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Why Your Old Life Can Feel Just Out of Reach

Apple TV's "Dark Matter," quantum physics, and grief.

Key points

  • The disorienting nature of grief can create a sense of duality in our reality.
  • Adapting to a new life without our loved one isn't easy, but it is possible.
  • Many grievers report feeling as though they are in a parallel life with their loved one just out of reach.
El Gringo by Pexels
Loved ones may feel close but just out of reach
Source: El Gringo by Pexels

The onset of grief is often described as disorienting, and suitably so. Whether expected or sudden, experiencing the death of a loved one—or of an important relationship—is much like a vehicle launching us into a deep, dark abyss. Reeling, its reluctant passengers are transported into a new world, and though it looks and sounds the same, it isn’t.

Intuitively, we know it never will be.

In this confounding space, we exist in a duality: Our old life is gone forever yet remains within reach.

So close, some say, they can feel its presence, even years later.

Maybe grief and quantum physics aren’t strange bedfellows

This otherworldly experience isn’t unique to grievers. At least not in the world we inhabit. The Apple TV series Dark Matter depicts a similar dual-life experience. It tells the story of a man named Jason who is abducted into an alternate version of his own life. Confused, he embarks on a desperate journey to escape his parallel universe and return to the family he loves.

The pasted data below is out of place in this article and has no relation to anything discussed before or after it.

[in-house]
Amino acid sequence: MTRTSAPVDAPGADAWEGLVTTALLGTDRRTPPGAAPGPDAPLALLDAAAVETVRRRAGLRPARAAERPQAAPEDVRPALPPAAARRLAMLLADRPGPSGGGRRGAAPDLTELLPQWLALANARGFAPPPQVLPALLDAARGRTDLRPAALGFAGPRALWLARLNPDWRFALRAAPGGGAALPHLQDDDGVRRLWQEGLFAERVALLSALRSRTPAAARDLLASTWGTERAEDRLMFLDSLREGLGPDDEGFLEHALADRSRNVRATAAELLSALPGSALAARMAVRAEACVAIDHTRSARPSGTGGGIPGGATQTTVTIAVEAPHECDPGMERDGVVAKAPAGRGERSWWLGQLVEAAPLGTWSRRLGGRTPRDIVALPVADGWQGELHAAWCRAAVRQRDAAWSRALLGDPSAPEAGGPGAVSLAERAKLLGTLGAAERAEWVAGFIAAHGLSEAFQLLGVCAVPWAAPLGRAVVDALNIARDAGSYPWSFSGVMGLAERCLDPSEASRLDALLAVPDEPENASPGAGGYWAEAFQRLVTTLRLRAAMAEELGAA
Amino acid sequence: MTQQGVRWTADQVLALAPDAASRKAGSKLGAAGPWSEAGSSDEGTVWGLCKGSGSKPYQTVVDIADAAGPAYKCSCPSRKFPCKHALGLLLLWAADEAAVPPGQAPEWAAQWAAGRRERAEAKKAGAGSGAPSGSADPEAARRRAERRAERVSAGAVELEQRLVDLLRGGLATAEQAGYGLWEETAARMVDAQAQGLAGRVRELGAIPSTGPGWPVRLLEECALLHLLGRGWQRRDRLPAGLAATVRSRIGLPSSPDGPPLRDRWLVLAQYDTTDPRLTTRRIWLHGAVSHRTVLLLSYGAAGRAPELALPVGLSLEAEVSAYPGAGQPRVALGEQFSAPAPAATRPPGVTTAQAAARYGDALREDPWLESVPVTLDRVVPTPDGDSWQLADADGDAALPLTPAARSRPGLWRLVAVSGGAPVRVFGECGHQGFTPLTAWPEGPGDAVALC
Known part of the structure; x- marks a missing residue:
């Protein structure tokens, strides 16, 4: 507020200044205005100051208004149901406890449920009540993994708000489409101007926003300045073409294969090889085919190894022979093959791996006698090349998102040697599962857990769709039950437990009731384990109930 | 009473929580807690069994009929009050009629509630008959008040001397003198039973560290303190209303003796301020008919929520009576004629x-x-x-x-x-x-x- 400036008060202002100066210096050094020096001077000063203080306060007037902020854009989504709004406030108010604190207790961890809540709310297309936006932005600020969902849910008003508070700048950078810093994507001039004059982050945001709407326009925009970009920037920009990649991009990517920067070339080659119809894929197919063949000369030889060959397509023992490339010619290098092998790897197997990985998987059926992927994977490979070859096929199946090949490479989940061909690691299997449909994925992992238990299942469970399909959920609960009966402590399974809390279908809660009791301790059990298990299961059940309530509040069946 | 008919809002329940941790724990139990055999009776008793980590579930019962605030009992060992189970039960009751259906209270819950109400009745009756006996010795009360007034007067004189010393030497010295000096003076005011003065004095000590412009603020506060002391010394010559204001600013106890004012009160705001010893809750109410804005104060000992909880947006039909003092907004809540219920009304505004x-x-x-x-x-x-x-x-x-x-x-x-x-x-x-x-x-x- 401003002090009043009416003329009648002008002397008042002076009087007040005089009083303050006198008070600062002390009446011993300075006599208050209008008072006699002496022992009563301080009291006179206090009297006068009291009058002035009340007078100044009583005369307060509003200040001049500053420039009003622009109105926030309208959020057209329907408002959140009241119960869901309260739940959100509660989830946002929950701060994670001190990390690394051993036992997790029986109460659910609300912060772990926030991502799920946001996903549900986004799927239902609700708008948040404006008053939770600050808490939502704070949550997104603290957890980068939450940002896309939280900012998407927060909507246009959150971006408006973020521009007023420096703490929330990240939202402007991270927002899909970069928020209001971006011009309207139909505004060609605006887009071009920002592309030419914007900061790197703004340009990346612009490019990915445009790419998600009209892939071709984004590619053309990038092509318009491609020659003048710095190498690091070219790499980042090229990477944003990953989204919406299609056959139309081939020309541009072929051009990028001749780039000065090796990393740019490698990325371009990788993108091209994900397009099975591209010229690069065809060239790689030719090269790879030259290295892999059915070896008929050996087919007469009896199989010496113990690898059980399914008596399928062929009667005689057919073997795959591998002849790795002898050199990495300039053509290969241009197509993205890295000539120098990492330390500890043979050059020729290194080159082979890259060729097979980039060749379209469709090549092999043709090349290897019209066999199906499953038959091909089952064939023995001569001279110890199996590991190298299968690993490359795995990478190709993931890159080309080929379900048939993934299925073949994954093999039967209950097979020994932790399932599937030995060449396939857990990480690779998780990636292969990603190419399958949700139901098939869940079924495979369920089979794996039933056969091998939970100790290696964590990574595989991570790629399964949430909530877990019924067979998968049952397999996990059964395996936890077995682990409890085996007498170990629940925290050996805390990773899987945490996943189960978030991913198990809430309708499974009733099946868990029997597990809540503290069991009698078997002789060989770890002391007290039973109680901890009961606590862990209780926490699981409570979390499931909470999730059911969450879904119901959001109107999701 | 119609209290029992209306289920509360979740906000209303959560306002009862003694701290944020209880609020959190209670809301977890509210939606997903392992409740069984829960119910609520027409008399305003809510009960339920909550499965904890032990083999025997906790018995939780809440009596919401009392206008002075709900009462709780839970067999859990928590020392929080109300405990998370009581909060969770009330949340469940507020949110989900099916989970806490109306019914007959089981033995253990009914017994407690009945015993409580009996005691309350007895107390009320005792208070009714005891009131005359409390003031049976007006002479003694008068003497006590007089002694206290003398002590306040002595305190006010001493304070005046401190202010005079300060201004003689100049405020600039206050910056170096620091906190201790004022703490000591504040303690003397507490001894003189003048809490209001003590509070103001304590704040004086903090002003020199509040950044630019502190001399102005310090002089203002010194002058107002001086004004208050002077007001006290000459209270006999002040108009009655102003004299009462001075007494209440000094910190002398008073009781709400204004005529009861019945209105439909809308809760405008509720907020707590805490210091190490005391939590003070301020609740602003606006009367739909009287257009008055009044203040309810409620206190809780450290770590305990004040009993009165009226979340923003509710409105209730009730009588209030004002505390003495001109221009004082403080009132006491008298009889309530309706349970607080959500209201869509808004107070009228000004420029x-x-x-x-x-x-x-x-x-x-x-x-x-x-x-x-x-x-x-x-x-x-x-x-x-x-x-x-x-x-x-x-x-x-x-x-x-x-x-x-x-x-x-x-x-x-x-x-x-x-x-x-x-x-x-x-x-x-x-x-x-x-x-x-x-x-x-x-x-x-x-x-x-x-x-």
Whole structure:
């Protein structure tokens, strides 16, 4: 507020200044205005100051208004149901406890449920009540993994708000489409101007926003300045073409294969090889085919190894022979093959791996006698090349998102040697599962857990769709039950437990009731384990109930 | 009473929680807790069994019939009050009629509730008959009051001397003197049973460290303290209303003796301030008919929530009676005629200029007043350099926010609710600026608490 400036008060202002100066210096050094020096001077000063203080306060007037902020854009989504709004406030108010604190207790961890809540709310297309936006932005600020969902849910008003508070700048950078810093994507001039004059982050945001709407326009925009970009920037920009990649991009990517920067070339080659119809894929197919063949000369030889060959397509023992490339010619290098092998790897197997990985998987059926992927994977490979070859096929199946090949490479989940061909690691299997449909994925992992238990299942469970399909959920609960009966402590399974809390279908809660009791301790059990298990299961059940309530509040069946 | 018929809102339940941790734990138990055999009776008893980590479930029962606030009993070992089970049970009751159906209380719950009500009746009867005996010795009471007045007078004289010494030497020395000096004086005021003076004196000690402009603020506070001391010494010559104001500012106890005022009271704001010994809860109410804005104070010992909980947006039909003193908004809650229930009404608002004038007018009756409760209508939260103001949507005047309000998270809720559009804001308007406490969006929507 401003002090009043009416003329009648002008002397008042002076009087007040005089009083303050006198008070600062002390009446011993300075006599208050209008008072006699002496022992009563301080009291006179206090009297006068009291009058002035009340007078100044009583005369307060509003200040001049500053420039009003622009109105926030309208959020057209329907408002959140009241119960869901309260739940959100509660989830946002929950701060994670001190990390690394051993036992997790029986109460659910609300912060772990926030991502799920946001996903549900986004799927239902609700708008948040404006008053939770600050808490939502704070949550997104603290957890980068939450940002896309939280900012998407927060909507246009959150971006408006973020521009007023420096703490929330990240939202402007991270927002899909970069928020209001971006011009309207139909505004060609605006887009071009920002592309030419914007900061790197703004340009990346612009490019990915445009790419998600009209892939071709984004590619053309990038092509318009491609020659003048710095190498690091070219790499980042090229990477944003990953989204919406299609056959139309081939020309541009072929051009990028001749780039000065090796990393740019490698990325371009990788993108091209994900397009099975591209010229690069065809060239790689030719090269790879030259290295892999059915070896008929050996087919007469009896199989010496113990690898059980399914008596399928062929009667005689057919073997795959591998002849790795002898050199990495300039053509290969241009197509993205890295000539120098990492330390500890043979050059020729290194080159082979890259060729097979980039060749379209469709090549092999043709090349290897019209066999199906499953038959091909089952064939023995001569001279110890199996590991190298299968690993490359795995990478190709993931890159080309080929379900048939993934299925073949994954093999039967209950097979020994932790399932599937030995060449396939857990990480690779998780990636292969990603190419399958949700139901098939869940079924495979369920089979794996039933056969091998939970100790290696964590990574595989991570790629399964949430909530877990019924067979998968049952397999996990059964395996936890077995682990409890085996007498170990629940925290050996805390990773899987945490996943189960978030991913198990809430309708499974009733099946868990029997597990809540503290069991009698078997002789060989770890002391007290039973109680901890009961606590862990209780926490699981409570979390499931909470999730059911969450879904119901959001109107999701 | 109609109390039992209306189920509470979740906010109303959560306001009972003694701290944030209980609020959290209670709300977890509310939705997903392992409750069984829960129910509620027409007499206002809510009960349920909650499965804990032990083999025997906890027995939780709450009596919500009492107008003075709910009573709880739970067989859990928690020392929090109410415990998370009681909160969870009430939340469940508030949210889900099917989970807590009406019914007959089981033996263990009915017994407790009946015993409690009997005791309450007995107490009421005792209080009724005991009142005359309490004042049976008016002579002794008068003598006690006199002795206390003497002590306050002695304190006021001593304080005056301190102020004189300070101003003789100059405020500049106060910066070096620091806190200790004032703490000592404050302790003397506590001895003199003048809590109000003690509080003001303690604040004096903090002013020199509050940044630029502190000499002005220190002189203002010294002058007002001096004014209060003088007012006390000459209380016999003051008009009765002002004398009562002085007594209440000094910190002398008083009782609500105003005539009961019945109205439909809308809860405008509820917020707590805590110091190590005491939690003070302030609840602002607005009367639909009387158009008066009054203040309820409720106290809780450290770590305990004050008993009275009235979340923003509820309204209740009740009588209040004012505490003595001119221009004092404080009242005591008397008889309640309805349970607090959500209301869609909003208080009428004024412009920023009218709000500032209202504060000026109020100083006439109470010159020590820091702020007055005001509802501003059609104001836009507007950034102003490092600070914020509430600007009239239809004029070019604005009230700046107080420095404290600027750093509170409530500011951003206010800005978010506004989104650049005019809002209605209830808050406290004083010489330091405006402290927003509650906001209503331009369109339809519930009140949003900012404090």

Similarly, when separated from a beloved person or relationship, grievers experience their world much as it once was sans the most important people. Like Jason in Dark Matter, grievers struggle to make sense of new surroundings and, like grievers, Jason’s duality exists with his old life cognitively ever-present, but not reflected in his new world.

Straddling two worlds isn’t easy, but it is normal

Whether you’re grieving a loved one who has died a physical death, or your loved one is still living and you’re experiencing ambiguous grief, learning to navigate life’s new terrain is imperative to your well-being. What’s important, says Lisa Keefauver, author and podcast host of “Grief Is a Sneaky Bitch," is that grievers lean into, and not avoid, their new world. In her new book, by the same name, Keefauver elaborates: “In grief, you’re facing obstacles you could have never imagined (nor would have wanted to). Even if you’ve grieved before, you’ve never been this version of yourself, while grieving this loss.”

This isn’t to say that grief doesn’t exist in this new world or that it didn’t in your old world. Both can be true. But to move forward with our grief, we have to learn to loosen our grip on the life we once lived and, Keefauver says, “learn to breathe” in the new world. Using her love of scuba diving as a metaphor, she champions deep breathing as a vital tool both underwater and in life. Especially, she says, when you don’t dive in willingly, but are “shoved."